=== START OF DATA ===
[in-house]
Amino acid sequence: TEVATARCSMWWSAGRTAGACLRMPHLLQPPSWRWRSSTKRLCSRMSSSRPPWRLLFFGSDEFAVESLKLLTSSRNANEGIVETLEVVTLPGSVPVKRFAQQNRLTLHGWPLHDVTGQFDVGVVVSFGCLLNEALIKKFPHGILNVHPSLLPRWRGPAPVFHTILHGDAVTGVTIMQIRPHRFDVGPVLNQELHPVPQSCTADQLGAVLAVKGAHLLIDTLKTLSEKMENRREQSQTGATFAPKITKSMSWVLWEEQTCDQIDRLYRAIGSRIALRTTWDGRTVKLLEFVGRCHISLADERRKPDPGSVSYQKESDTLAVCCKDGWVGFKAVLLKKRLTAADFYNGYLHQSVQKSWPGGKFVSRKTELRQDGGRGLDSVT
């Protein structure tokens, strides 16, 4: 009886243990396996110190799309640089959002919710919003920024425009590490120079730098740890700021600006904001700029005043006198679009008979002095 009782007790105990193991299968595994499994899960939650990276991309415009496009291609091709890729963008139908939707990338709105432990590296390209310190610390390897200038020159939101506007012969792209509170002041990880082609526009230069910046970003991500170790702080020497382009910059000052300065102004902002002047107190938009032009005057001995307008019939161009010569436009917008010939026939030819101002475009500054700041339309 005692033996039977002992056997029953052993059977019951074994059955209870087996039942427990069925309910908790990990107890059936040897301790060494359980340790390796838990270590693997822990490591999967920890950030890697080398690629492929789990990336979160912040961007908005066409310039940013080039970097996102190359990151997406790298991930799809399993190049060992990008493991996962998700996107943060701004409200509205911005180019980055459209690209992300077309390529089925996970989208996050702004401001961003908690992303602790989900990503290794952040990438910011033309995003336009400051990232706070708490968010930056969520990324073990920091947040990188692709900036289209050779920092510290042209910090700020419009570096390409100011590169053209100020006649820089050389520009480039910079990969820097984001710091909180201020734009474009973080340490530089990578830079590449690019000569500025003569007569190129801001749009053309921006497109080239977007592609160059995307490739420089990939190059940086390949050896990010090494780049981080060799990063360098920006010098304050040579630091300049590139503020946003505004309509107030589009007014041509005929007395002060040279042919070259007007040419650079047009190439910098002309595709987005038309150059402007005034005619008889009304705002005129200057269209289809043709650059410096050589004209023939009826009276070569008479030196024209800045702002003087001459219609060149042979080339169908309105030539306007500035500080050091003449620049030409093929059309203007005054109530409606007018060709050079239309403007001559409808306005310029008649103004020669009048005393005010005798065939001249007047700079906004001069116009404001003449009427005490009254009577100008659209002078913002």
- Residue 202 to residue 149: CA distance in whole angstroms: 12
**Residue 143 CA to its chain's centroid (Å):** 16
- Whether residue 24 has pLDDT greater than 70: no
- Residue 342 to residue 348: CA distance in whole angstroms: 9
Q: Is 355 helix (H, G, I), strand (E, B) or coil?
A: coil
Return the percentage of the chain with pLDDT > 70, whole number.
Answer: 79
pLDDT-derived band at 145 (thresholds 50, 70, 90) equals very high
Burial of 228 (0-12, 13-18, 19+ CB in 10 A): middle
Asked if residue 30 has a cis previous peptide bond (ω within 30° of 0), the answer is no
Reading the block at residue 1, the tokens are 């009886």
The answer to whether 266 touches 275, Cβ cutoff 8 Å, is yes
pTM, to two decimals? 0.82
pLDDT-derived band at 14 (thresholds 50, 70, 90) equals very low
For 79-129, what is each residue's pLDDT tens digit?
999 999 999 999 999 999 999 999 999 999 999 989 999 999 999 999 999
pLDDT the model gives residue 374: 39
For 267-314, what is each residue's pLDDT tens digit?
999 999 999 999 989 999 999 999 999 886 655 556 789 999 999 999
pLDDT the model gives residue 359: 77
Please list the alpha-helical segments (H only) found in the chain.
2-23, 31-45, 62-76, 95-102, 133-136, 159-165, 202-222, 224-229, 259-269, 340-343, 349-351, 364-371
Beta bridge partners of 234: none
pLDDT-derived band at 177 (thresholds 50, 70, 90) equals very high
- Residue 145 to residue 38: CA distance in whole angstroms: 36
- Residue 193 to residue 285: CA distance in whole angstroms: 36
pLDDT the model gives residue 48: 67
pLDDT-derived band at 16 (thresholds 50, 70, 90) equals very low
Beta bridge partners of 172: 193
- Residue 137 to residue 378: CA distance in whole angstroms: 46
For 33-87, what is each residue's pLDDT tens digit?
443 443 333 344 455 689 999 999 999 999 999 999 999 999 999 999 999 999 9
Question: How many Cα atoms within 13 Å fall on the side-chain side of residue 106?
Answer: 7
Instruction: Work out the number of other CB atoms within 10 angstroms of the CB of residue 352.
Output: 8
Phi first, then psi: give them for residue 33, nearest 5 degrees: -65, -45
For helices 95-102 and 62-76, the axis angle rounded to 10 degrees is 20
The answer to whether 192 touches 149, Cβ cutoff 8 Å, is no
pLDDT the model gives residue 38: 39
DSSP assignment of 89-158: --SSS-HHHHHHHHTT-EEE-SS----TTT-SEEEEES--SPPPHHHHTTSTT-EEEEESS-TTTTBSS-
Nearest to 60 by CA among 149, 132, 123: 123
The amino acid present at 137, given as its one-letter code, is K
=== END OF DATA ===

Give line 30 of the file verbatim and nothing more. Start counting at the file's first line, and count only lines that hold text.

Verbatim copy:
- Residue 193 to residue 285: CA distance in whole angstroms: 36